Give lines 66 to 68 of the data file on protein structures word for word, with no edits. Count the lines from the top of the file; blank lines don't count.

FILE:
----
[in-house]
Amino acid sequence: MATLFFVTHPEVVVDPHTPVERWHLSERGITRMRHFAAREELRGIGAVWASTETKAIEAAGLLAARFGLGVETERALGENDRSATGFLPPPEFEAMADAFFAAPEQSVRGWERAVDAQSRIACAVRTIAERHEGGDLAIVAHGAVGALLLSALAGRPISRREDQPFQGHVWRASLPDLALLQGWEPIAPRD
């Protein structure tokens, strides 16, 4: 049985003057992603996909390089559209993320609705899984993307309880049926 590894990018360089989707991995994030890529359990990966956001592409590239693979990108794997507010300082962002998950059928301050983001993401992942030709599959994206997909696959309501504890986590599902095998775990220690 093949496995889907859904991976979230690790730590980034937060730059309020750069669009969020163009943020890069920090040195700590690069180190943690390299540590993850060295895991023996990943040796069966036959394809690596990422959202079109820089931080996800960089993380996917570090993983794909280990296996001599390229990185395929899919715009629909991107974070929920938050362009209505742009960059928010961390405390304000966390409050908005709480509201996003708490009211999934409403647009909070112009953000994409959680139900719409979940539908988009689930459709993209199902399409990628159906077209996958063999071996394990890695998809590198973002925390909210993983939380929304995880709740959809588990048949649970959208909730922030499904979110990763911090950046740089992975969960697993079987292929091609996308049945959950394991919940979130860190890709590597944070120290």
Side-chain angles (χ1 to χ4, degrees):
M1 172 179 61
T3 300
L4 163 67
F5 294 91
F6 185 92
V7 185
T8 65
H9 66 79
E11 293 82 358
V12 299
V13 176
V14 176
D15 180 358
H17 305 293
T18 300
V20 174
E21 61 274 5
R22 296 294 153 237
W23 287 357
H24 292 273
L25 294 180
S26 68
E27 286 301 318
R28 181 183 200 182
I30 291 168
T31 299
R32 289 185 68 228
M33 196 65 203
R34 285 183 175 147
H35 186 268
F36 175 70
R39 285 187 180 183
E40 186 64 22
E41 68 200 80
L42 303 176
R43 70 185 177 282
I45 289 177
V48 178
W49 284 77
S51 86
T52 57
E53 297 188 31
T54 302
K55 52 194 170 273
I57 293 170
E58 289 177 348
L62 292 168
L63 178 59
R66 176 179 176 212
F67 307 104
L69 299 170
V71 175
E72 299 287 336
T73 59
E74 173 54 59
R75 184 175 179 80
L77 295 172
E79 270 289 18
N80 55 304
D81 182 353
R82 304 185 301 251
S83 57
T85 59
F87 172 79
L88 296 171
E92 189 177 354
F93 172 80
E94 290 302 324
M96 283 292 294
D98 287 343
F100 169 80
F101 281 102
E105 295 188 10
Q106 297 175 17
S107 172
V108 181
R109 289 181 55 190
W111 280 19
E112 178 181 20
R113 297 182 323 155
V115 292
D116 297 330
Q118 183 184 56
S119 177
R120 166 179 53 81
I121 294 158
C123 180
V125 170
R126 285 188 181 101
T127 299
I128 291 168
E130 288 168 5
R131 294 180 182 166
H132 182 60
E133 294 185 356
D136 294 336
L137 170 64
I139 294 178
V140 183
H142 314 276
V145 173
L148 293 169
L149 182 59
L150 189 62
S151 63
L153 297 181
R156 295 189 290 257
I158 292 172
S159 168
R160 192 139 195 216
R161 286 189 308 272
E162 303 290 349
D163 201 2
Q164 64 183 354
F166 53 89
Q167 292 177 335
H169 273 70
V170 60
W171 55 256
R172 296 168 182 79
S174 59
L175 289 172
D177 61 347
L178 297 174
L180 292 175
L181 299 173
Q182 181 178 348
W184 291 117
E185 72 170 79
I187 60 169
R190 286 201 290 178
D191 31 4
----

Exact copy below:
S83 57
T85 59
F87 172 79